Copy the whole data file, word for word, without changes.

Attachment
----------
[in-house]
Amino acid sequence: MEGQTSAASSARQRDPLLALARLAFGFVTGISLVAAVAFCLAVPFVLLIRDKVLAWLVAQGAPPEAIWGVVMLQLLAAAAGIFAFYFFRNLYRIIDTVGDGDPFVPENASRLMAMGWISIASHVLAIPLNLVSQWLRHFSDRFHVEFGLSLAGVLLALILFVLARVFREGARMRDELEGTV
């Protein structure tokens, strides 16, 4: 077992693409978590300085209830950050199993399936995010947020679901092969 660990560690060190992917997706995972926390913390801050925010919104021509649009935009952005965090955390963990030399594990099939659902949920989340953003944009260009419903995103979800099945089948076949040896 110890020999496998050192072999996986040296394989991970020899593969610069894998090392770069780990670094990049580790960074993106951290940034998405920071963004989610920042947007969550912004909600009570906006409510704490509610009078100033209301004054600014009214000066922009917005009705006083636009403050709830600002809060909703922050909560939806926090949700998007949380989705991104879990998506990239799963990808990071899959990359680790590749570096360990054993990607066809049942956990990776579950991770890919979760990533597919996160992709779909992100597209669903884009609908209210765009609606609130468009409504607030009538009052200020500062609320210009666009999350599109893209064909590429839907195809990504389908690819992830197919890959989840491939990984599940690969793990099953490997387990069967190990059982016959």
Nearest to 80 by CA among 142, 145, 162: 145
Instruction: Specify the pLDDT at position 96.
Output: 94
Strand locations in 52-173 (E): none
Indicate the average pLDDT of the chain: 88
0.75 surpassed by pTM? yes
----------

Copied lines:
[in-house]
Amino acid sequence: MEGQTSAASSARQRDPLLALARLAFGFVTGISLVAAVAFCLAVPFVLLIRDKVLAWLVAQGAPPEAIWGVVMLQLLAAAAGIFAFYFFRNLYRIIDTVGDGDPFVPENASRLMAMGWISIASHVLAIPLNLVSQWLRHFSDRFHVEFGLSLAGVLLALILFVLARVFREGARMRDELEGTV
């Protein structure tokens, strides 16, 4: 077992693409978590300085209830950050199993399936995010947020679901092969 660990560690060190992917997706995972926390913390801050925010919104021509649009935009952005965090955390963990030399594990099939659902949920989340953003944009260009419903995103979800099945089948076949040896 110890020999496998050192072999996986040296394989991970020899593969610069894998090392770069780990670094990049580790960074993106951290940034998405920071963004989610920042947007969550912004909600009570906006409510704490509610009078100033209301004054600014009214000066922009917005009705006083636009403050709830600002809060909703922050909560939806926090949700998007949380989705991104879990998506990239799963990808990071899959990359680790590749570096360990054993990607066809049942956990990776579950991770890919979760990533597919996160992709779909992100597209669903884009609908209210765009609606609130468009409504607030009538009052200020500062609320210009666009999350599109893209064909590429839907195809990504389908690819992830197919890959989840491939990984599940690969793990099953490997387990069967190990059982016959």
Nearest to 80 by CA among 142, 145, 162: 145
Instruction: Specify the pLDDT at position 96.
Output: 94
Strand locations in 52-173 (E): none
Indicate the average pLDDT of the chain: 88
0.75 surpassed by pTM? yes